Then I lived on an island.
Though the ploughland ran like the sea
There was scarcely an animal in the fields
Of my empty Eastern county.
Sour disinfectant bridged the Trent
So foot and mouth washed round, then went.
I stare into a photograph
Which spins and glows on screen,
Heart crossed by veins of snowflake,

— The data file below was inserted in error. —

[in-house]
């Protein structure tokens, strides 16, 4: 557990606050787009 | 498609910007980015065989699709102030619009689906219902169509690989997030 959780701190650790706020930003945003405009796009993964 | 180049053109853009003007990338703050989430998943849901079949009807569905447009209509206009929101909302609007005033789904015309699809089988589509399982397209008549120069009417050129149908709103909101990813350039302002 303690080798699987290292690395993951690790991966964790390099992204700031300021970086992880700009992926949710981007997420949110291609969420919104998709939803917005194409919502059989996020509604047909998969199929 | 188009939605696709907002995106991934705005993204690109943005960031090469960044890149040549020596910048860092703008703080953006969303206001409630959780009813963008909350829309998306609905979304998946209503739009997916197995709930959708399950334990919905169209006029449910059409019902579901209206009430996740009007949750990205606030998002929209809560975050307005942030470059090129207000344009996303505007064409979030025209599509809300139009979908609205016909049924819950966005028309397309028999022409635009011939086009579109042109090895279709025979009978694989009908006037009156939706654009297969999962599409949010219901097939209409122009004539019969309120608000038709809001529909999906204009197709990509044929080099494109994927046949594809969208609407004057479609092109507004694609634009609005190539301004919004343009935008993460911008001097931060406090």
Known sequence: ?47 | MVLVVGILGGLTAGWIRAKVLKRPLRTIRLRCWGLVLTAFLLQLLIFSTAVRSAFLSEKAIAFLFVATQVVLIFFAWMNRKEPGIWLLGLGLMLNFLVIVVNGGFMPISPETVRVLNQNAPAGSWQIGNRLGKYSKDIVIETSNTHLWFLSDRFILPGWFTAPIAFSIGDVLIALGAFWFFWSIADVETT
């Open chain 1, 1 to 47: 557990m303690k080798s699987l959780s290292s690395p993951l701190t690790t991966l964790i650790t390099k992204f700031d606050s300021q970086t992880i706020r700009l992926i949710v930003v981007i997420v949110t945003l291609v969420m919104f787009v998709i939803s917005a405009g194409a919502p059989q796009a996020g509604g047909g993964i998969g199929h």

Hot summer's blue, kind green
As Christmas trees, its wings and shine:
This virus, breathed from cows and swine.
The digits tap along the wires
Into the crowded town,
Our pony trots on western hills,
Beside her, pigs flop down
In sun; ears ripple, like a drum.
Birds cross the hedge. The plague will come.
If you've any comments on this poem, Alison Brackenbury would be pleased to hear from you.